My dismay came from the sinking suspicion that the commencement experience was likely to be a series of unending left-wing bromides. On this score, neither Ruffalo, nor Sam Rose, who introduced him, disappointed. Rose, the prize’s benefactor, claimed that man-made climate change, not ISIS nor terrorism nor illegal immigration nor [fill in the blank], is the main threat to humankind. He was dismayed, too, that there’s anyone on earth who doesn’t wholeheartedly accept the left’s premises about climate change. So, argued Rose, we need to bring people around, “by hook or by crook,” to recognize these indisputable truths. In other words, when it comes to saving civilization from itself, the ends justify the means.
With the table thus set, Mark Ruffalo was the perfect follow-up act. A dedicated climate-change agitator, Ruffalo founded Water Defense principally to accomplish the banning of fracking in the state of New York. So when he told Dickinson’s graduates to “act up, be misbehaved (sic), buck the system, and fight for what you believe in,” everyone knew he wasn’t talking about just any cause. “You guys are facing a lot of fights,” he clarified. “We have climate change, we have a mass sort of imbalanced corporatization, these lead to environmental degradation and also social-justice issues. And they’re all coming to a head.” It seems that some beliefs are clearly better to “fight for” than others. The rousing applause throughout the audience indicated widespread agreement; sinking suspicions confirmed.
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But then something amazing happened: The commencement address given by British novelist Ian McEwan. Surprisingly, his speech (view it here) was a thoughtful, poignant, unabashed, and—in the inimitably dispiriting context of today’s campus discourse—courageous defense of free speech.
This would have been astonishing enough as the focal point of a commencement address in a time when even the most innocuous comment on campus risks being branded as “hate speech,” but McEwan went even further: tethering freedom of speech to the very possibility of liberty and democracy. McEwan boldly noted: “Freedom of expression sustains all the other freedoms we enjoy. Without free speech, democracy is a sham. Every freedom we possess or wish to possess has had to be freely thought and talked and written into existence.”
He argued that such freedom must be protected not merely also for ideas we find to be inconvenient or offensive, but most especially because of them. He said: “It can be a little too easy sometimes to dismiss arguments you don’t like … or complain that this or that speaker makes you feel ‘disrespected.’ Being offended is not to be confused with a state of grace; it’s the occasional price we all pay for living in an open society. So, use your education to preserve for future generations the beautiful and precious but also awkward, sometimes inconvenient, and even offensive culture of freedom of expression we have.”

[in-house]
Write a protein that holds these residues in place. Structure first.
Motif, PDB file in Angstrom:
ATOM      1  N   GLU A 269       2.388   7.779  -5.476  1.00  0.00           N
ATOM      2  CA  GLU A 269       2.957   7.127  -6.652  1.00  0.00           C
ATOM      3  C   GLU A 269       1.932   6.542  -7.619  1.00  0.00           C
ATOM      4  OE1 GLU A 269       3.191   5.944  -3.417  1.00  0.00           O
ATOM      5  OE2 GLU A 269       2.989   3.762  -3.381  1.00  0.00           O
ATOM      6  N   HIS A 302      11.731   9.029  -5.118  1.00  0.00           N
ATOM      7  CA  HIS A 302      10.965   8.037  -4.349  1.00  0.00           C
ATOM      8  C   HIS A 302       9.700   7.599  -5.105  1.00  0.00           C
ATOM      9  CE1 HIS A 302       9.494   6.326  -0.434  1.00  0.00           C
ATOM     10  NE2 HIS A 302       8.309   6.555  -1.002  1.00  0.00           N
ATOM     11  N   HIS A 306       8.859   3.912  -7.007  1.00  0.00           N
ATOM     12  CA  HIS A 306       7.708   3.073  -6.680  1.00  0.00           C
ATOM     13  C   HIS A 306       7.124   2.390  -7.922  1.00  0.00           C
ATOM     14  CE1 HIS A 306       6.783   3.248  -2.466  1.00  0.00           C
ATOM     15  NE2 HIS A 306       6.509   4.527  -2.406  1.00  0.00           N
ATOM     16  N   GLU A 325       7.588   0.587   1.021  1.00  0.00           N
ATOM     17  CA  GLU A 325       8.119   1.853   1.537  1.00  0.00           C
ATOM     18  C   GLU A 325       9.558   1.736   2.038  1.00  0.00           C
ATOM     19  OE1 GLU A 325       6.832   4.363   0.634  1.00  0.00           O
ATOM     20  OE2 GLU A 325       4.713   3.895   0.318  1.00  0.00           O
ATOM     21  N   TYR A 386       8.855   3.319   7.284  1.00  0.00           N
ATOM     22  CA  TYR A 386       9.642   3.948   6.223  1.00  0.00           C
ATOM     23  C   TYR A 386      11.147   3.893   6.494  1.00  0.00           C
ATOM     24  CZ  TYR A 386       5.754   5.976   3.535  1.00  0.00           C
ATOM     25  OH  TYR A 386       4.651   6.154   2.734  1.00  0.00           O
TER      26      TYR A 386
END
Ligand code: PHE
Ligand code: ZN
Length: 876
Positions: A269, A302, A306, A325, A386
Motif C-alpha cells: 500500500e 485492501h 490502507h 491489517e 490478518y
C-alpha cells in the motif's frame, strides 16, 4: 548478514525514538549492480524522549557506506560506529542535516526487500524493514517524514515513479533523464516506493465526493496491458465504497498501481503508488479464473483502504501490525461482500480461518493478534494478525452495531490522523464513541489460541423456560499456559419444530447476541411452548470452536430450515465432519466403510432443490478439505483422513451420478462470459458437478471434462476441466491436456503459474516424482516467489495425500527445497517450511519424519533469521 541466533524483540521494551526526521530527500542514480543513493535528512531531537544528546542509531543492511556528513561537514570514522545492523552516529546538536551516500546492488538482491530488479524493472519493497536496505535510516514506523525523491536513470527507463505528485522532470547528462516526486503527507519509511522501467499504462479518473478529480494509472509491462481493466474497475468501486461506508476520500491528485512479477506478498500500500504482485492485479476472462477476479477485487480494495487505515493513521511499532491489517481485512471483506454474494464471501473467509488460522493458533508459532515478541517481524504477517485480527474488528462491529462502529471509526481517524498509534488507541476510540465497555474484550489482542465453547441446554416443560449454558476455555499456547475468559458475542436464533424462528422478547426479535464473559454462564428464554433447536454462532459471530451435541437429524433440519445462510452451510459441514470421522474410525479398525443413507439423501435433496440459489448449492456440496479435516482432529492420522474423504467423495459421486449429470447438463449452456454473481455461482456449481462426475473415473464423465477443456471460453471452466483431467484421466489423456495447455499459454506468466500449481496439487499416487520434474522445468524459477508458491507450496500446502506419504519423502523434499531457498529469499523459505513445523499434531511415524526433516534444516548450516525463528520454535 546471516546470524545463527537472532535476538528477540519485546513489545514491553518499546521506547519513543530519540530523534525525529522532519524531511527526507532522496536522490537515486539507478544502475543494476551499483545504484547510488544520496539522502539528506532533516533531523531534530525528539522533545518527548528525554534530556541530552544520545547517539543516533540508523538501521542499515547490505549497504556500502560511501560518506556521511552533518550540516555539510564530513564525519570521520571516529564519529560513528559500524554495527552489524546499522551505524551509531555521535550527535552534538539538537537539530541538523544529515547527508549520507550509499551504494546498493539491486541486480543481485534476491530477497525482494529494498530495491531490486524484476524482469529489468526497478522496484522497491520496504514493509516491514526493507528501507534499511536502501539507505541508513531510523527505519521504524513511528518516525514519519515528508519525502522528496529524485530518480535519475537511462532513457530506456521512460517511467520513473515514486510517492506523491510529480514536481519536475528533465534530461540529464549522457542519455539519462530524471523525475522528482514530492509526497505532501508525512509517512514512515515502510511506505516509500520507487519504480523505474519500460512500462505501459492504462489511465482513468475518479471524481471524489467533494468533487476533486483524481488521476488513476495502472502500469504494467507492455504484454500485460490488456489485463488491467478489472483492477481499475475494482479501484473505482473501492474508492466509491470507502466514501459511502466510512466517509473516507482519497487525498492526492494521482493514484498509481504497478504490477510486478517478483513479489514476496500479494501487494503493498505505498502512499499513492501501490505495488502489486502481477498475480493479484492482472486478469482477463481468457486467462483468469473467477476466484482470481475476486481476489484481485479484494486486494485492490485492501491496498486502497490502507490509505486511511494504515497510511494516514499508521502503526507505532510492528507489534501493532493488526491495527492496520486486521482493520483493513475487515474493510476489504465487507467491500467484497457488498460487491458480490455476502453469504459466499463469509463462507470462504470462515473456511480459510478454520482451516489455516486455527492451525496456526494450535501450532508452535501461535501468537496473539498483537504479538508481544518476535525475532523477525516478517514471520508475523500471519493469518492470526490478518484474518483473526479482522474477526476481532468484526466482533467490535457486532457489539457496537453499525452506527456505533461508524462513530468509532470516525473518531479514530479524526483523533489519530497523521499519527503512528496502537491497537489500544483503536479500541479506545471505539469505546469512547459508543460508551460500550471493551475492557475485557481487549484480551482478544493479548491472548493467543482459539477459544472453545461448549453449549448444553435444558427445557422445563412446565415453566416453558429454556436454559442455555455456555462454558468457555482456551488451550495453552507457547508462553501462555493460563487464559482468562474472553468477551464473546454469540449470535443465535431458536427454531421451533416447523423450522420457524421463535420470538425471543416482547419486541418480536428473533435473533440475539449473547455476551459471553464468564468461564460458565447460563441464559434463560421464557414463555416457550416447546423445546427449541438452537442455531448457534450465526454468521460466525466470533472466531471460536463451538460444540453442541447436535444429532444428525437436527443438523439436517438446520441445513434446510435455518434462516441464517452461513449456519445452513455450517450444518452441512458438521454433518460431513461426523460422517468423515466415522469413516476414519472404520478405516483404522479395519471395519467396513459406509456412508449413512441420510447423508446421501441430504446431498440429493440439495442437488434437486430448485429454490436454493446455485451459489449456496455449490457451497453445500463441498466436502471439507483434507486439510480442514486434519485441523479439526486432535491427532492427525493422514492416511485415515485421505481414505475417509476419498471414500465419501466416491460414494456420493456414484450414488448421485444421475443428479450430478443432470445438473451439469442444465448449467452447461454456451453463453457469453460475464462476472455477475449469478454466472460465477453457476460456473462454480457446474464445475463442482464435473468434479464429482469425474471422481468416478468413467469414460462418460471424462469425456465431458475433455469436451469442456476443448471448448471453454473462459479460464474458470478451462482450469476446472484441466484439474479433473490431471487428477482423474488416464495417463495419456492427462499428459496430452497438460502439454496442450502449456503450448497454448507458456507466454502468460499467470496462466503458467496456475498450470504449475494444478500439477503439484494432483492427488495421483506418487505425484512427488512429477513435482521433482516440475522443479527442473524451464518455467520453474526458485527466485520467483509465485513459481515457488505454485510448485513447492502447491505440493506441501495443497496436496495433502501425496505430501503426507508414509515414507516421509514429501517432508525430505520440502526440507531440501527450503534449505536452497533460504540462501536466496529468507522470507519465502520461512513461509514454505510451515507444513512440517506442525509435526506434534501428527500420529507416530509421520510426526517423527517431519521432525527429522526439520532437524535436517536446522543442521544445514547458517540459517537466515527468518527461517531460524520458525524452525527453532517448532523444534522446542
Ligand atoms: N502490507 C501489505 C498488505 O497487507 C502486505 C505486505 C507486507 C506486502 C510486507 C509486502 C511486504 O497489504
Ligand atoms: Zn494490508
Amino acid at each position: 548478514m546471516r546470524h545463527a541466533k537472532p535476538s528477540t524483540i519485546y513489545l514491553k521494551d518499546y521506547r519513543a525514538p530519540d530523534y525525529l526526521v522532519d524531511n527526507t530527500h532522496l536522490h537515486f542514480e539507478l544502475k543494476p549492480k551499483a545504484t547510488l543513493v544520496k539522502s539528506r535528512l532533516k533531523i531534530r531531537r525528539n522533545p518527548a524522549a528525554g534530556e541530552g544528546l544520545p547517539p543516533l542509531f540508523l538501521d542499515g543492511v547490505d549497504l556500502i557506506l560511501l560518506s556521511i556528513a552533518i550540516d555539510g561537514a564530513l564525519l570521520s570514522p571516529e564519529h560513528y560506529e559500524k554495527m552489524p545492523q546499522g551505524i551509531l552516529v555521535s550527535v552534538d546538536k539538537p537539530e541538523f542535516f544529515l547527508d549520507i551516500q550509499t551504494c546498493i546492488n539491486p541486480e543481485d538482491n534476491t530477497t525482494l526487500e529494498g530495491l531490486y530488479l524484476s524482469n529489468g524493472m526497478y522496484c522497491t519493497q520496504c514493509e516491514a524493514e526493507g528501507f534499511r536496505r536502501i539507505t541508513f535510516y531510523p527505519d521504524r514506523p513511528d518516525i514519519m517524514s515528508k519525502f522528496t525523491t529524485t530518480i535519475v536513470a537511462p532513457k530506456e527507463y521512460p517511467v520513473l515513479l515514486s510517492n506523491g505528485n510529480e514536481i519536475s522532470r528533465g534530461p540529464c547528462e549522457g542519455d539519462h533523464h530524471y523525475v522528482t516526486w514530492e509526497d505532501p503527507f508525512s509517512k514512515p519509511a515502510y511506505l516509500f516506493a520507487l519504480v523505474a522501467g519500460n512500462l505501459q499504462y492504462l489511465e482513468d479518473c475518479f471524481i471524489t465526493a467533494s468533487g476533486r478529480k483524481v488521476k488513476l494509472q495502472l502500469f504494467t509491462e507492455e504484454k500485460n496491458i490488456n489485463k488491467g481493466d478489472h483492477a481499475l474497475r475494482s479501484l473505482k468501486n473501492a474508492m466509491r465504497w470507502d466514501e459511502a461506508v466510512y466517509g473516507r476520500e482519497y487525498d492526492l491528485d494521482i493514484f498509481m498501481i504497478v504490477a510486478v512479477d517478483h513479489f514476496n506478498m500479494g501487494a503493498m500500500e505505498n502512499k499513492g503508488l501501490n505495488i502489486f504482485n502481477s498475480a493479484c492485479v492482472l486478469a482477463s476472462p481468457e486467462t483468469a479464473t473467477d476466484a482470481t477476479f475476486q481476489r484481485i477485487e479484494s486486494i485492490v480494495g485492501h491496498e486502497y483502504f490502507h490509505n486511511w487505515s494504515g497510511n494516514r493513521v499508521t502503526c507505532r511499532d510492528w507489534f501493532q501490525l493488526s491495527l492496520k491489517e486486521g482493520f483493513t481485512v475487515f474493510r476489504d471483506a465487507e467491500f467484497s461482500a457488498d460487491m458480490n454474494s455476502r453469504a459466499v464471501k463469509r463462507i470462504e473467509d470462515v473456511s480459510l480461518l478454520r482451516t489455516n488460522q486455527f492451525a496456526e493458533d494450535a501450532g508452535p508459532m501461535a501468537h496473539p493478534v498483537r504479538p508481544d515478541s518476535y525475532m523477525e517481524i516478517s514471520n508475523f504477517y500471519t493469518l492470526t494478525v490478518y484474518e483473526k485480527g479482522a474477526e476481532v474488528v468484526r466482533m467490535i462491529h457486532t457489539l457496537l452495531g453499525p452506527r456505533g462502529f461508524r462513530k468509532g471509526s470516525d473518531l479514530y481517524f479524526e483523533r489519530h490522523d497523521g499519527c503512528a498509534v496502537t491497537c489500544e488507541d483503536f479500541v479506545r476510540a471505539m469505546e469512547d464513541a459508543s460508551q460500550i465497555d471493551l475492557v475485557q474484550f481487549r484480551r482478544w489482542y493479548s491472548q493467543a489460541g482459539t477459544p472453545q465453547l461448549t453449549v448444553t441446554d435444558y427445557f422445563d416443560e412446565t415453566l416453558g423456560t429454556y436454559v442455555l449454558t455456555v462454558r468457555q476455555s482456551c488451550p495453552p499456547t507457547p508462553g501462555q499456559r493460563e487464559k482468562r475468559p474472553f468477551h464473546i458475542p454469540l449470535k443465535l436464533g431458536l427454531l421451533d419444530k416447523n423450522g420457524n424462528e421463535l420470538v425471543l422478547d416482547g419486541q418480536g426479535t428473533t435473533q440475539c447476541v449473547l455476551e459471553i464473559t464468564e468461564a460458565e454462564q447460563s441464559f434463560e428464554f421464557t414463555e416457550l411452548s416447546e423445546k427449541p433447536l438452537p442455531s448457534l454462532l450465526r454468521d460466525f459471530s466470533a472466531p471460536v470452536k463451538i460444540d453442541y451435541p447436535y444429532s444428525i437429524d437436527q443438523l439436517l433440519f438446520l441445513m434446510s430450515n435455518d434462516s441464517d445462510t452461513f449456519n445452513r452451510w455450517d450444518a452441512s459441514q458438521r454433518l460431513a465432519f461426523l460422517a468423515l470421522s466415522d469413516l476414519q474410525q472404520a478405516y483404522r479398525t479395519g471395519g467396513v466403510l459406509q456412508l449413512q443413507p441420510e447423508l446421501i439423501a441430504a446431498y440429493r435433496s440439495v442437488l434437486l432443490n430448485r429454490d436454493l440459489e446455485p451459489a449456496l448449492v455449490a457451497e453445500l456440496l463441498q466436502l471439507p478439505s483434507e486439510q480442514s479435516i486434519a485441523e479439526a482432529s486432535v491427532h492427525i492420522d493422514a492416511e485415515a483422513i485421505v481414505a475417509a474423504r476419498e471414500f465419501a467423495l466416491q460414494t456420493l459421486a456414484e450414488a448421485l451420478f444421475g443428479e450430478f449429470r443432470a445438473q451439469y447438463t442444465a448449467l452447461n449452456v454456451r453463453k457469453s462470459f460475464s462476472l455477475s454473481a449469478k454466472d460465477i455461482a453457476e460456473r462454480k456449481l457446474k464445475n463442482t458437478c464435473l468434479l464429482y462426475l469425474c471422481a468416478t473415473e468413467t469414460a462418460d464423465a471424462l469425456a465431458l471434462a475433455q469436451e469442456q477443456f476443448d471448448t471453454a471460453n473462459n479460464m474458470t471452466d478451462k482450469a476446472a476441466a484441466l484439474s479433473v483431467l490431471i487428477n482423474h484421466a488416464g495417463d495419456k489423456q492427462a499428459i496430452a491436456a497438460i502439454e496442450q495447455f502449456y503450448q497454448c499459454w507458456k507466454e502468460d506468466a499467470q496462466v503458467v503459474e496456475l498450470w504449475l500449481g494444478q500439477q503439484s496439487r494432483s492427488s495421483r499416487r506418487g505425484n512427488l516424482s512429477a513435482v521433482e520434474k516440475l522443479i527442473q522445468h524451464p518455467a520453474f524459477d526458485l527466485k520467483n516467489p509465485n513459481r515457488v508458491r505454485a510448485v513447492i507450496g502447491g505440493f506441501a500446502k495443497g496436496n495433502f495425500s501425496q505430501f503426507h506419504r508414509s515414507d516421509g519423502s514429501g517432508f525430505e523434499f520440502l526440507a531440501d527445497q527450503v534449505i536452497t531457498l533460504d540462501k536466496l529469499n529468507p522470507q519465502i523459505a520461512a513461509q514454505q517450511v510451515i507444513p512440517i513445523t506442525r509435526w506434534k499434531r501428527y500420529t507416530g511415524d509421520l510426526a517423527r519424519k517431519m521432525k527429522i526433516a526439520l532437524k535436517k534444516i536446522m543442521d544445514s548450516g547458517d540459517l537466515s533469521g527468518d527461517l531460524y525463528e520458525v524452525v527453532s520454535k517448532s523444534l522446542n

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How moving and penetrating. And the thing is, there shouldn’t be the slightest left-right divide around such ideas. But there unquestionably is. All sides can at times be guilty of affronts to free speech, of demonizing rather than engaging intellectual opponents. But make no mistake: the unambiguous head of this class today sits on the left. So thoroughly obvious is this fact that Kirsten Powers, a prominent progressive commentator, felt compelled to write a book called “The Silencing: How the Left is Killing Free Speech.”
It was interesting to witness the same audience that was cheering when other speakers were championing the progressive agenda. This time, it sat fidgeting in awkward silence during most of McEwans’ speech. As my wife and I joined a vocal minority in a standing ovation after McEwan concluded, I couldn’t help wondering what Rose and Ruffalo were thinking. I doubt very much whether either one believes that honest people can justifiably be in favor of hydraulic fracturing or any fossil-fuel extraction; or accept the idea that human activity isn’t the main or only cause of changes in the climate. So people who do hold such views clearly deserve to have questioned their motives, data, legitimacy, and their very right to say freely what they think. Again, by “hook or by crook,” they must be silenced for the greater good.
Today’s progressives ought to put down Alinsky and pick up Voltaire or Mill or Jefferson. If they did, they might even come around to George Washington’s attitude on all of this (quoted by Ian McEwan): “If the freedom of speech is taken away then, dumb and silent, we may be led like sheep to the slaughter.”
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Perhaps Dickinson College acknowledged this and made its commencement speech invitation accordingly? If so, that’d be another pleasant surprise, indeed.
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